Timing is everything. The very day that the Scottish Government launched a consultation to determine how to best tackle cyber crime, news of a massive breach of around four million US government workers hit the headlines. Add to that a survey by PriceWaterhouseCooper indicating that a staggering 90 per cent of larger organisations and 74 per cent of smaller businesses suffered a cyber attack last year, with an average cost per breach at larger organisations of near to £1.5m.
Sadly, we are still not seeing nearly enough local small to medium sized businesses (SMEs) addressing actions to protect their security, personal information and, of course, their finances and customer data.
Given that there are 341,000 SMEs – many in Edinburgh and the Lothians – that make up the backbone of the Scottish economy, it’s clear change needs to happen.
The Scottish Government’s new consultation, A Cyber Resilience Strategy for Scotland: Safe, Secure and Prosperous Online, seeks to gather views on what we can all do to become more resilient online. It is vital that everyone feels confident online and can safely use the internet. As the Scottish Government and Police Scotland’s business resilience delivery arm, the Scottish Business Resilience Centre (SBRC), we want to equip organisations with the tools to be better protected.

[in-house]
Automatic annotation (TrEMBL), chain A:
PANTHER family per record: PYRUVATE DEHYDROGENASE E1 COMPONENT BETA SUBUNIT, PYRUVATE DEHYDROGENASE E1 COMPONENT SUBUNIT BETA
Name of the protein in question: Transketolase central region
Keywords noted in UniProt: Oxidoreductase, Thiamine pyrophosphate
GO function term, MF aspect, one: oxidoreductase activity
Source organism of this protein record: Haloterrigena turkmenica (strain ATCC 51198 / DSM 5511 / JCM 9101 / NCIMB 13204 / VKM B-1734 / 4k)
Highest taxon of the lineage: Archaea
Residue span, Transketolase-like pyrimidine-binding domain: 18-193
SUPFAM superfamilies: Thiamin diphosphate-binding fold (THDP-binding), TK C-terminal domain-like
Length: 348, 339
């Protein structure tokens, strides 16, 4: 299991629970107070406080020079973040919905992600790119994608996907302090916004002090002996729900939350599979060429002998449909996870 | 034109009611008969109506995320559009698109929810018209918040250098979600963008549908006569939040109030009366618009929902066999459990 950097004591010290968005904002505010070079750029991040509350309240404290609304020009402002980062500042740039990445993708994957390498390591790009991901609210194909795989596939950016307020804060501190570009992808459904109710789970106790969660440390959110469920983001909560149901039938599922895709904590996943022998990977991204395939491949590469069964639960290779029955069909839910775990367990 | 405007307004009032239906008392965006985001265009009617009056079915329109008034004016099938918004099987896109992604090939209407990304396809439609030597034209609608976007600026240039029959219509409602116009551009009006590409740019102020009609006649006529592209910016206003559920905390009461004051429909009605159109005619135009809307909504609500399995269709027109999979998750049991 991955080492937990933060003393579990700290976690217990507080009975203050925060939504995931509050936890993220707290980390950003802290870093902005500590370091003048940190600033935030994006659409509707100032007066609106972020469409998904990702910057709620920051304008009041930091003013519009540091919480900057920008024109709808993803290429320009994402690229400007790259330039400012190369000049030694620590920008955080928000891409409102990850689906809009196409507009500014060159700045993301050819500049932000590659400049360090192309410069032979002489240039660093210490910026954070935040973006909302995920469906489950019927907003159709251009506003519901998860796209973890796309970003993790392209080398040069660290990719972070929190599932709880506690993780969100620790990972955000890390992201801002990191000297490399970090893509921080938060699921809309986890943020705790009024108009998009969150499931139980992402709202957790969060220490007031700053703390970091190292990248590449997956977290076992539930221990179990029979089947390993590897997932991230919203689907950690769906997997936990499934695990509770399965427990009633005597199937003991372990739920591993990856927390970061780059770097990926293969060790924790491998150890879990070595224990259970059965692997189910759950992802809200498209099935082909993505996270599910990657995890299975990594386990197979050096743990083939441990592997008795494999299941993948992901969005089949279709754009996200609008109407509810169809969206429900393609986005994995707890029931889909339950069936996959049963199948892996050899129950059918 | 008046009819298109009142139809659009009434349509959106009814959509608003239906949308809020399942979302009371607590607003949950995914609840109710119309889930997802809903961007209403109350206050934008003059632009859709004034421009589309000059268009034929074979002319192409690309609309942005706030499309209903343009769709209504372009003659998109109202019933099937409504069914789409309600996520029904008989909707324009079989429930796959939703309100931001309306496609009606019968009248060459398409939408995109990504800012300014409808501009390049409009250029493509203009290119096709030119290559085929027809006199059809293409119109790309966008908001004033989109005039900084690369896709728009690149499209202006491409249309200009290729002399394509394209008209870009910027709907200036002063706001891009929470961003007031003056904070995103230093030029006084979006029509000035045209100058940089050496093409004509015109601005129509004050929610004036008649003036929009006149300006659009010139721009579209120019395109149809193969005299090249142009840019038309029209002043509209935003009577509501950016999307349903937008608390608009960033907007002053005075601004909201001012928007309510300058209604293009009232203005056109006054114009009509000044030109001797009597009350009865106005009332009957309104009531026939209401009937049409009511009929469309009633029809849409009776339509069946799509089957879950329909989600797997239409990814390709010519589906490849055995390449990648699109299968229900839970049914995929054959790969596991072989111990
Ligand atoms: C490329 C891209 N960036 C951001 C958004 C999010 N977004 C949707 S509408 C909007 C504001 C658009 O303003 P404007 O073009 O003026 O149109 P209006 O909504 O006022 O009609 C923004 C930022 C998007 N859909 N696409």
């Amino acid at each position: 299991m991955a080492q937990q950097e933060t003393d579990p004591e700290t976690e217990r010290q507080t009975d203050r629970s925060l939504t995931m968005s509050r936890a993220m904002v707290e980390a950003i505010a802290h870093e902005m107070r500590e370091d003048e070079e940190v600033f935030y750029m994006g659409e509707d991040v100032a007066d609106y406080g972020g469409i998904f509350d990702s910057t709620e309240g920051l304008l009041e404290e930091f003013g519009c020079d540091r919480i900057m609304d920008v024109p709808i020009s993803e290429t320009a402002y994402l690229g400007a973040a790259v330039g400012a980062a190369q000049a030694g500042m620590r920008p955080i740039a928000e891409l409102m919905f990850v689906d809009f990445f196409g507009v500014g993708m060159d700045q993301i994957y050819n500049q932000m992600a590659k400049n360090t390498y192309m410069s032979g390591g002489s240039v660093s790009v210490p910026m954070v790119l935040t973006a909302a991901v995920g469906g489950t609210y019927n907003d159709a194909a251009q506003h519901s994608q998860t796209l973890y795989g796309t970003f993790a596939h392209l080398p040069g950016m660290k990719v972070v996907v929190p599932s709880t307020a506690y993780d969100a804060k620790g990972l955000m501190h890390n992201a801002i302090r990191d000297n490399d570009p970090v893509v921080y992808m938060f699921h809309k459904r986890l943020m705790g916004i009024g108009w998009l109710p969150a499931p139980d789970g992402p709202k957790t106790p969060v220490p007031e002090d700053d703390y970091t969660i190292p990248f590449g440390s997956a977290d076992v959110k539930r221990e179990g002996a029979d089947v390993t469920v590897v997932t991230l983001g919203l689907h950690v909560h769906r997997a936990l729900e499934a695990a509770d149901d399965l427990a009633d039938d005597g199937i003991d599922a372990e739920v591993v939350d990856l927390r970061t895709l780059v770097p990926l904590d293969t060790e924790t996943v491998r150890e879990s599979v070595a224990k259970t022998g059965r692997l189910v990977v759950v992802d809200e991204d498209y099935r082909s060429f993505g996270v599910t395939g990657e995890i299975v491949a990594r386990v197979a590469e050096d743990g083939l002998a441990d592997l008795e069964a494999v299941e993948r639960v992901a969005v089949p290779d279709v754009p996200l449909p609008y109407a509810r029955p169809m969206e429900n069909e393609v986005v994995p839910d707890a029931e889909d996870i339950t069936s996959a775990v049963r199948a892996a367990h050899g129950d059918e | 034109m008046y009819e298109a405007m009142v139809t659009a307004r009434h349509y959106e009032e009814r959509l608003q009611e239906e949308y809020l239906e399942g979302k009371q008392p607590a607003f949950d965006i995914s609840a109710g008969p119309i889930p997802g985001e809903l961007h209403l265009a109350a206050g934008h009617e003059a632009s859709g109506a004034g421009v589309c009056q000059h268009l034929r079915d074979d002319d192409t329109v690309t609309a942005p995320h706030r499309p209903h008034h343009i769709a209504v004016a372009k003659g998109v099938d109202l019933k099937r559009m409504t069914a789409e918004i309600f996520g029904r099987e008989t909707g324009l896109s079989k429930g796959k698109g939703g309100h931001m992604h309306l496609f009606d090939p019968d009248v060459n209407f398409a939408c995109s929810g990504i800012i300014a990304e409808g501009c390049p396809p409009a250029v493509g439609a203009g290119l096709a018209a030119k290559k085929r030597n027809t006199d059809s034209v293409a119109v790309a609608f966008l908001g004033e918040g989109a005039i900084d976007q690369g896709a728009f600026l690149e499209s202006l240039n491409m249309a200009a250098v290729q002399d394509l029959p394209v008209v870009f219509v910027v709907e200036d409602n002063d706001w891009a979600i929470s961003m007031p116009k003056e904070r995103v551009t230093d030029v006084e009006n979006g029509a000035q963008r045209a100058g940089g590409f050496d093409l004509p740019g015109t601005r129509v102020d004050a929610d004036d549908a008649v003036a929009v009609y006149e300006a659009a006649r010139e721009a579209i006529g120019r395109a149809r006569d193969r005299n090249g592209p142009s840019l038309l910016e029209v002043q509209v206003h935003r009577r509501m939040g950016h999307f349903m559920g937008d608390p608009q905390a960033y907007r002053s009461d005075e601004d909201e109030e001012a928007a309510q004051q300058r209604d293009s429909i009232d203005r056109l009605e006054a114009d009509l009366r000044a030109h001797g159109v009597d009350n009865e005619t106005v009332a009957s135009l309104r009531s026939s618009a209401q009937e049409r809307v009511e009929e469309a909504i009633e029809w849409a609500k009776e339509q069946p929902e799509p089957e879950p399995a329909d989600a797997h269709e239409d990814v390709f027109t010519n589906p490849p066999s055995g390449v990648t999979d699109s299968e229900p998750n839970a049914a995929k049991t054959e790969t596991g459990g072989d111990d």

The SBRC can offer highly cost-effective solutions to small businesses. Much of what we do starts with the real basics – effective passwords, constantly updating software, not clicking on links, basic e-mail and wifi security.
But our partnership with Dundee’s Abertay University has enabled us to recruit some of the sharpest student minds in computer hacking who can carry out unique organisational or individual cyber assessments. Within no time, these students can show what is happening on a company’s network, how exposed an individual is on social media, where a person or business may be vulnerable – and, most of all, how to ensure they are safer in future.
I urge business owners to help shape policy by filling in the simple 12-question consultation from the Scottish Government at news.scotland.gov.uk/News/Cyber-resilience-consultation-1992.aspx
Mandy Haeburn-Little is Director of the Scottish Business Resilience Centre